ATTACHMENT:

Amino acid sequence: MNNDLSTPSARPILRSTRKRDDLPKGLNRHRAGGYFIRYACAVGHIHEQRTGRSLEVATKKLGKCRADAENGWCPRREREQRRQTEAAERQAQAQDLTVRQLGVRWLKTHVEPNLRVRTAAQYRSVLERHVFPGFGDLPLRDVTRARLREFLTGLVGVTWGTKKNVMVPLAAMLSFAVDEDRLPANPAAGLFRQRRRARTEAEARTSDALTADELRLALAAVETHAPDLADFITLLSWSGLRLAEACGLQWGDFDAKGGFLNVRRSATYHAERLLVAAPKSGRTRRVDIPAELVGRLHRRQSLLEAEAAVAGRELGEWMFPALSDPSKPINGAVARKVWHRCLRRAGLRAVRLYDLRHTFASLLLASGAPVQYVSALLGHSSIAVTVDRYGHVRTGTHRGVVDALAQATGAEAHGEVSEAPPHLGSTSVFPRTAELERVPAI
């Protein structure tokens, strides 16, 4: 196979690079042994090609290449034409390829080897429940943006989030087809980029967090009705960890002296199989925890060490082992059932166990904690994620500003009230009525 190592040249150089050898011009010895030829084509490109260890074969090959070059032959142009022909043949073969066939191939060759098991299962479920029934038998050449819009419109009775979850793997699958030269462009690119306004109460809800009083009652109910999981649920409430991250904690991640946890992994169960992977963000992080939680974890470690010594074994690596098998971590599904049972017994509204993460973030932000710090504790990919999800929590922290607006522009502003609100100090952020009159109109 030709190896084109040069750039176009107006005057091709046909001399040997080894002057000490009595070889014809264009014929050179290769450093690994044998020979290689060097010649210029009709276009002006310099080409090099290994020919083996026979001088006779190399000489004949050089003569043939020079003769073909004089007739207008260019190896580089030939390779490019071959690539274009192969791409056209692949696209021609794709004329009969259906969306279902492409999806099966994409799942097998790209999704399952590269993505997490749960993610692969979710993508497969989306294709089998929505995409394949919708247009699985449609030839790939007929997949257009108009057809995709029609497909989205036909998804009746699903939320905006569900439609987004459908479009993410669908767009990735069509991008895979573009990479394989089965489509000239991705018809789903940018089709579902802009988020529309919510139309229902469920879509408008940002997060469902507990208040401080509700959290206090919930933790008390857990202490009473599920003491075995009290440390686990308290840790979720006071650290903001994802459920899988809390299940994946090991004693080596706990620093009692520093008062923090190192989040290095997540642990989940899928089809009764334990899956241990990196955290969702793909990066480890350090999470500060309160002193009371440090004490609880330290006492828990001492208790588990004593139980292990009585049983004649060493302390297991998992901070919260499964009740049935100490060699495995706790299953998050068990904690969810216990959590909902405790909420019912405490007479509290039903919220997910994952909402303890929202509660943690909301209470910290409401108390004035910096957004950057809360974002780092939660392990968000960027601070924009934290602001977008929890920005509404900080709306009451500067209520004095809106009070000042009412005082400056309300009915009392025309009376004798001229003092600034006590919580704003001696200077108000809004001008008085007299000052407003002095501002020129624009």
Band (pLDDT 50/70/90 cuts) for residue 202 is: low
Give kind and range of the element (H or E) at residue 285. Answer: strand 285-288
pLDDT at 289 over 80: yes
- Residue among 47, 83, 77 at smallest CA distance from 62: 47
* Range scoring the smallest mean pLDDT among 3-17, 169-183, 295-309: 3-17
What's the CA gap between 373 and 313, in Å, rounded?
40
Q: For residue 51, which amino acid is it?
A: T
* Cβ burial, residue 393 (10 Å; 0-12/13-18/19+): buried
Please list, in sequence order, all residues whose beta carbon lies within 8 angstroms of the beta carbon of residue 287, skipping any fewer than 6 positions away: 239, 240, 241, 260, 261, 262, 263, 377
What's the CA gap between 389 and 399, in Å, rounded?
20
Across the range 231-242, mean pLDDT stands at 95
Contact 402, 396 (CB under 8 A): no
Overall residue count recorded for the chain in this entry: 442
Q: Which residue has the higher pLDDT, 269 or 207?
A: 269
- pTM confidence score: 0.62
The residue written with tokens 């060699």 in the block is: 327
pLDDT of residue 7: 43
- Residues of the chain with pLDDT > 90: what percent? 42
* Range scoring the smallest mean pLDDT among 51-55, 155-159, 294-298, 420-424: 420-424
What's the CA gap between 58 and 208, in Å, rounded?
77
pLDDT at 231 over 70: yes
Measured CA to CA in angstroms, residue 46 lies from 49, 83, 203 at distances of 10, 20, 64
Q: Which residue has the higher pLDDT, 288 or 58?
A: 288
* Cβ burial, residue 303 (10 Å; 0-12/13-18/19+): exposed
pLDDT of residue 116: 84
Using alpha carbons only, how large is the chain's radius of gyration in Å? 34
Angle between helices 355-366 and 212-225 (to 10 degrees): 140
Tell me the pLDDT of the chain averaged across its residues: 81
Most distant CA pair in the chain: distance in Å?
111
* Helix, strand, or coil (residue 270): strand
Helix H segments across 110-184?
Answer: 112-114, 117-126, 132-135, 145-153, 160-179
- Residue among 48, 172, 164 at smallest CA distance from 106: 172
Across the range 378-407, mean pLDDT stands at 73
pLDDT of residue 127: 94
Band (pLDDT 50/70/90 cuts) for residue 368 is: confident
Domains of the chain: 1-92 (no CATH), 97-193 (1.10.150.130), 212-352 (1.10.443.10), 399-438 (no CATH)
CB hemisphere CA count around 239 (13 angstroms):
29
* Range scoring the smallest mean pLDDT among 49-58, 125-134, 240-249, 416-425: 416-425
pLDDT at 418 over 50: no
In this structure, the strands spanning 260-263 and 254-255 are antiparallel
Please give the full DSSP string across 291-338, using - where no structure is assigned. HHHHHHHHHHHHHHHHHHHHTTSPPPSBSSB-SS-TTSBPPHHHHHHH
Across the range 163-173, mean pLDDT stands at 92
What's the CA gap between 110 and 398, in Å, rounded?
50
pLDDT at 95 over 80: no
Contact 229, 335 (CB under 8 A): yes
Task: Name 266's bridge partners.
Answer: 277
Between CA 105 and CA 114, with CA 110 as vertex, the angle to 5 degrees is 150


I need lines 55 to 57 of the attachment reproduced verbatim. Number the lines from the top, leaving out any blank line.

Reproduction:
50
pLDDT at 95 over 80: no
Contact 229, 335 (CB under 8 A): yes